I’d like to manufacture a line of greeting cards: “Congratulations on your Child’s Conversion!”
There ought to be demand; there is a marked uptick in religious conversion numbers during uncertain times.
I can imagine the card’s cover would have a picture of an arrow. Bold text floats above the graphic:
Extraordinary! Wonderful. The trip has begun!
You must be so proud of your daughter or son.
On the inside, probably in gold foil, it would say
Congratulations! You raised an adult who found a spiritualigious practice that fits their lifestyle and beliefs.
Then maybe a heart.
With all the denominations out there, the card would have to be pretty generic.
*Celebrate what they found
It is my belief that members of religions that maintain science over fantasy ought to celebrate their children’s spiritualigious call to follow their own path to (the) God (of their understanding).
Why ought members of religions that maintain science over fantasy celebrate their children’s spiritualigious call to follow a different path to (the) God (of their understanding)?
Because members of all religions ought to celebrate their children’s spiritualigious call to follow a path to (the) God (of their understanding).
Most are born into a religion and later told what they ought to believe based on an uninformed decision they didn’t make.
What if they don’t believe the words when they find out what they’ve been saying?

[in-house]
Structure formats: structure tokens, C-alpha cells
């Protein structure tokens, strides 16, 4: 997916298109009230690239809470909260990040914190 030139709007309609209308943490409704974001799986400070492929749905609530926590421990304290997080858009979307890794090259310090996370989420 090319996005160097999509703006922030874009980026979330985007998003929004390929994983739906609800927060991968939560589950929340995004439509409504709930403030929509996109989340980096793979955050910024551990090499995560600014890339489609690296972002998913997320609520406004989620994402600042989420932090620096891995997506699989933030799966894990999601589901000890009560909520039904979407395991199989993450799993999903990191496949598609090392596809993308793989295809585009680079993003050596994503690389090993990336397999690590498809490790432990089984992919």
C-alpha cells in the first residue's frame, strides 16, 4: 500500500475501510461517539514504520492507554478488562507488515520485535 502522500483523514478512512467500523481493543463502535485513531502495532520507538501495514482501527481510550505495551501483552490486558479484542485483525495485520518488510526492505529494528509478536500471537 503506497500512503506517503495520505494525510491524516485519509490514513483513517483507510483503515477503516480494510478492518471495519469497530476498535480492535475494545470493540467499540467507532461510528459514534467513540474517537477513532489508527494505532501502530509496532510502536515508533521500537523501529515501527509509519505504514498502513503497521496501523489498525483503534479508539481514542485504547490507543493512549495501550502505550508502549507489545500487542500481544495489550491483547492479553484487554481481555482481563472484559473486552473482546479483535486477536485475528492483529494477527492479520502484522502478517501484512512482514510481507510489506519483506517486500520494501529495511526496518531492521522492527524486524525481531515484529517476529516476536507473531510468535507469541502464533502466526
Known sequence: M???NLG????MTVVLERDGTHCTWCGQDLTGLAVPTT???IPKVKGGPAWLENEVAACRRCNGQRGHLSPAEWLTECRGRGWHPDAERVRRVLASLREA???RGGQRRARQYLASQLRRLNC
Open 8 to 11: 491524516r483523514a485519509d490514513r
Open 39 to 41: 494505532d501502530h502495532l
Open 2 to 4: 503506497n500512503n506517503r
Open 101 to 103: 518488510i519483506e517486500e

What if they come to believe something other than that?
I remember being crushed to find out that the words of my favorite Hebrew hand-jive — Dovey Melech Yisrael — means King David is alive and his rule eternal.
The only hurt potential converts really cause is the blow to their family’s narcissistic daydream of unity.
*Celebrate the children a little less, please
Maybe let’s take about 20% off our participation in these outlandish, community-wide celebrations of a minor swearing sacred (and assumed permanent) allegiance to one group above others—even as many of the wise members of the community say in hallowed tones, “Yeah, verily unto death.”
‘Cause, um, really?
We might be colluding.
Minors might not be old enough to be making such proclamations.
A joke we rabbis tell:
You know why the b’mitzvah age is 13?
Because we could never get a 14-year old to do it.
“But what about my child’s mortal soul, now that they have converted?”
“What about it?”
“On a metric I have chosen to believe to be true, my child’s soul is in peril.”
“That must be terrifying for you.”
“And I bet it makes you really, really mad sometimes.”
“It does. I’m both scared and mad.”
“I’m guessing you didn’t like the card. I’m sorry for sending it. Seemed like a good idea at the time.”